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Health

Where to Turn for Local Autism Resources

When faced with a child’s diagnosis of a developmental disability, families might feel unmoored and isolated in learning how to equip their child with the tools to lead a successful, independent life. Fortunately, 417-land is full of resources.

By Erin Gregory

Apr 2018

Photo courtesy Shutterstock

Parenting is hard enough as it is, but where do you turn for help when your child is diagnosed with autism? Autism is a developmental disability typically recognized when an individual has difficulty with social interaction, problems with verbal and nonverbal communication and repetitive or obsessive behaviors. Autism is almost five times more common among boys than girls. Fortunately for local parents, 417-land is full of resources that help families understand this diagnosis and equip their children with valuable life skills through childhood and beyond.

“Autism is on the rise in the country and a very important diagnosis families are dealing with now,” says Danielle Wise, Director of Development at The Arc of the Ozarks, an organization dedicated to serving individuals with a variety of disabilities. “The community is essential in assisting families in understanding and coping with the diagnosis.” 

The Arc is one of several organizations in the Ozarks that seek to help families cope with autism and help individuals live an independent life. The Arc provides a variety of resources for families dealing with autism, including the family advocacy department. The Arc is one of the only groups in the area that offers this service, allowing individuals the opportunity to gain an understanding of what steps they will need to take when facing a diagnosis of this type. 

The Arc also hosts several educational and recreational programs with a variety of activities to encourage students to broaden their social skills and independence. For students elementary school age and older, The Arc’s academy, Rivendale Institute of Learning & Center for Autism, provides an alternative education for students ages 6 to 21, including a one-on-one learning environment for each individual. “The goal is for individuals to move out of this school and into the public-school system, or the workforce, and become a functioning member of society,” Wise says. Although scholarships aren’t offered, The Arc works to provide services that each family needs individually. “We can even provide 24-hour support to several individuals,” Wise says.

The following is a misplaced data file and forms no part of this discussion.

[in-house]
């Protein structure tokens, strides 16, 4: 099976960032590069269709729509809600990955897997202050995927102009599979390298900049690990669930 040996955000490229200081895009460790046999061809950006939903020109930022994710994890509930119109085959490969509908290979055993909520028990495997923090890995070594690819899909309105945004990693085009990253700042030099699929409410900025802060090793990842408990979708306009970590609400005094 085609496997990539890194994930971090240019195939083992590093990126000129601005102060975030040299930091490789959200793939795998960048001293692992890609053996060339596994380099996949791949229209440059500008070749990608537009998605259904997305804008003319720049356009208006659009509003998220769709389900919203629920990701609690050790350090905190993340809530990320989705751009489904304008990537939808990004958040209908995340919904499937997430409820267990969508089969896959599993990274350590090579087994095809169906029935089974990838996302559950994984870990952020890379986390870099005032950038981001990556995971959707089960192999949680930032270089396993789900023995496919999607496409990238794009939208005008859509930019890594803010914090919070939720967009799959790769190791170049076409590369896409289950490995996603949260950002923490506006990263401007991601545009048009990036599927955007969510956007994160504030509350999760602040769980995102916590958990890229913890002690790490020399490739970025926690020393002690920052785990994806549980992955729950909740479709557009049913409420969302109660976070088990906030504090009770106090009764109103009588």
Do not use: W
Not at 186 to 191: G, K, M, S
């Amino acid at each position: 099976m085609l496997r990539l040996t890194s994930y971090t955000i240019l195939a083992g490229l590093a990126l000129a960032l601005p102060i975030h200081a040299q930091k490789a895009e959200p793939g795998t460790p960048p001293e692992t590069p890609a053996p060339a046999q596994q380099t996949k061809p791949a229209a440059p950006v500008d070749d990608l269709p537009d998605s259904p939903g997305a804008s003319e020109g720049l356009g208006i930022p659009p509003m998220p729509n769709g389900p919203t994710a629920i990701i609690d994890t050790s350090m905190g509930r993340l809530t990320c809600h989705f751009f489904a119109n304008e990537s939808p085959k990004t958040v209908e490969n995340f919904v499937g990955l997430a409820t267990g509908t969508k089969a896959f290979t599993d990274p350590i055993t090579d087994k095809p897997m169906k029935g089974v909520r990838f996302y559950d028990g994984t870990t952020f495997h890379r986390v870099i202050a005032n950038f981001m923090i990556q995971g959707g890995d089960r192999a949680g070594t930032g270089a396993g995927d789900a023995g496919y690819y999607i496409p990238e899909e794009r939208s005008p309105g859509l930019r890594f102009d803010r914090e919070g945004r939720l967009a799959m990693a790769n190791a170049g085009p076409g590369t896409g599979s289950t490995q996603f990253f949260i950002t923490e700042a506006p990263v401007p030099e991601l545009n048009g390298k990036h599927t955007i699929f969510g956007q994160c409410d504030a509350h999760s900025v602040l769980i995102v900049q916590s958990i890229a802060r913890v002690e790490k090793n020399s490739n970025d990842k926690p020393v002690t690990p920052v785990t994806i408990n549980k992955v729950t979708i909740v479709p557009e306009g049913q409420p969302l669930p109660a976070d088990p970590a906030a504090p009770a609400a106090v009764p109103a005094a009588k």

Another growing organization in Springfield which seeks to offer services to growing adults with autism is the Perspectives Preparatory Academy (PPA). “PPA is a tuition-free private school that places an emphasis on inclusion, strength-based learning and advocacy in the community,” says Nacy Ryerson, co-founder of PPA. “Currently, PPA serves 24 students ages Kindergarten through seventh [grade]. Our unique student population is served in a personalized learning environment at each student’s pace.
 
Approximately 50 percent of the student population qualifies under IDEA as a student with a disability (however, PPA prefers the term differing ABILITY), and the other 50 percent does not qualify and would spend 100 percent of their day in a general education setting if they were in a traditional setting. Eight percent of the student population is gifted or twice exceptional.”

PPA plans to grow into a K–12 school and desires to support students and families in the transition to college and the workforce. PPA has already begun creating relationships with local businesses to begin an internship program for high school students to support student interests. PPA knows that allowing students to utilize their strengths puts graduates in a place to succeed and enjoy their chosen careers and degree programs. 

PPA believes that putting students in an environment early to explore their passions and strengths leads to better outcomes upon graduation. Every student has a Strength-Based Learning Plan that places an equal emphasis on what a student’s strengths are, and PPA encourages students to be a part of these plans so they learn to advocate for themselves upon graduation. 

Because PPA is a tuition-free school, it relies on donors to support more students and families. PPA desires to add more classrooms in the next several years and needs support from the community to be able to support more learners. The school hosts monthly tours and social events as well as free informational events to the community, making itself an even more visible resource for families learning how to live with an autism diagnosis.